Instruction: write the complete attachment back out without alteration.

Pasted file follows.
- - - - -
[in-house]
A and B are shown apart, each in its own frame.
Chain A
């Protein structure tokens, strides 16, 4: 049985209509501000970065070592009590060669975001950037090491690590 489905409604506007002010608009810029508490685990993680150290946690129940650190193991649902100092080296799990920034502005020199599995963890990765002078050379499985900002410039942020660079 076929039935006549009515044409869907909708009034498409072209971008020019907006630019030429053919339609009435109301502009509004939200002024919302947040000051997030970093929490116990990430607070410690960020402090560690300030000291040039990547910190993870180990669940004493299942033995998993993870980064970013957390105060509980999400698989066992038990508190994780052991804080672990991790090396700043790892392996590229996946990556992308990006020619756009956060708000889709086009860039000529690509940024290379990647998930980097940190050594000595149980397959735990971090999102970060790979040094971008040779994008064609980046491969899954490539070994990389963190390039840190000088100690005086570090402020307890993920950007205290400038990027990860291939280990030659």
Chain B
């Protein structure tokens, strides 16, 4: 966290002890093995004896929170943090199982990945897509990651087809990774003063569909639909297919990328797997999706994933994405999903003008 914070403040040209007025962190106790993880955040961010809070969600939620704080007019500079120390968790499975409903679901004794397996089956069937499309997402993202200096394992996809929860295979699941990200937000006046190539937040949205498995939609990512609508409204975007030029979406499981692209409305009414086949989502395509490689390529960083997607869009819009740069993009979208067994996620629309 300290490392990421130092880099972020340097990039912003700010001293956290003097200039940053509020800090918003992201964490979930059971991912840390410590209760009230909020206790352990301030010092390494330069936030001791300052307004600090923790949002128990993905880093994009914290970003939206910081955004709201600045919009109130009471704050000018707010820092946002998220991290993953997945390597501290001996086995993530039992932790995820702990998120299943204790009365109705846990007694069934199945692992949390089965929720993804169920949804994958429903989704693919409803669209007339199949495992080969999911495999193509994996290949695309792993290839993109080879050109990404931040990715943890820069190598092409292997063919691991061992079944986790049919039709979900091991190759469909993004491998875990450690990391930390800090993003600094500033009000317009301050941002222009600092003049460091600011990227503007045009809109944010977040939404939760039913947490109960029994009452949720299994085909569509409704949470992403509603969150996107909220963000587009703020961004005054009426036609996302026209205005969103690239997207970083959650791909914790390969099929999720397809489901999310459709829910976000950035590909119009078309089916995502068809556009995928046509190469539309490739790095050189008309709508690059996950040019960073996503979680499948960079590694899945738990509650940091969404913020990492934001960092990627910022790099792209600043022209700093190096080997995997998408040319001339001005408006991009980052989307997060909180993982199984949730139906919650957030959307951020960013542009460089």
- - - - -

[in-house]
A and B are shown apart, each in its own frame.
Chain A
């Protein structure tokens, strides 16, 4: 049985209509501000970065070592009590060669975001950037090491690590 489905409604506007002010608009810029508490685990993680150290946690129940650190193991649902100092080296799990920034502005020199599995963890990765002078050379499985900002410039942020660079 076929039935006549009515044409869907909708009034498409072209971008020019907006630019030429053919339609009435109301502009509004939200002024919302947040000051997030970093929490116990990430607070410690960020402090560690300030000291040039990547910190993870180990669940004493299942033995998993993870980064970013957390105060509980999400698989066992038990508190994780052991804080672990991790090396700043790892392996590229996946990556992308990006020619756009956060708000889709086009860039000529690509940024290379990647998930980097940190050594000595149980397959735990971090999102970060790979040094971008040779994008064609980046491969899954490539070994990389963190390039840190000088100690005086570090402020307890993920950007205290400038990027990860291939280990030659």
Chain B
């Protein structure tokens, strides 16, 4: 966290002890093995004896929170943090199982990945897509990651087809990774003063569909639909297919990328797997999706994933994405999903003008 914070403040040209007025962190106790993880955040961010809070969600939620704080007019500079120390968790499975409903679901004794397996089956069937499309997402993202200096394992996809929860295979699941990200937000006046190539937040949205498995939609990512609508409204975007030029979406499981692209409305009414086949989502395509490689390529960083997607869009819009740069993009979208067994996620629309 300290490392990421130092880099972020340097990039912003700010001293956290003097200039940053509020800090918003992201964490979930059971991912840390410590209760009230909020206790352990301030010092390494330069936030001791300052307004600090923790949002128990993905880093994009914290970003939206910081955004709201600045919009109130009471704050000018707010820092946002998220991290993953997945390597501290001996086995993530039992932790995820702990998120299943204790009365109705846990007694069934199945692992949390089965929720993804169920949804994958429903989704693919409803669209007339199949495992080969999911495999193509994996290949695309792993290839993109080879050109990404931040990715943890820069190598092409292997063919691991061992079944986790049919039709979900091991190759469909993004491998875990450690990391930390800090993003600094500033009000317009301050941002222009600092003049460091600011990227503007045009809109944010977040939404939760039913947490109960029994009452949720299994085909569509409704949470992403509603969150996107909220963000587009703020961004005054009426036609996302026209205005969103690239997207970083959650791909914790390969099929999720397809489901999310459709829910976000950035590909119009078309089916995502068809556009995928046509190469539309490739790095050189008309709508690059996950040019960073996503979680499948960079590694899945738990509650940091969404913020990492934001960092990627910022790099792209600043022209700093190096080997995997998408040319001339001005408006991009980052989307997060909180993982199984949730139906919650957030959307951020960013542009460089």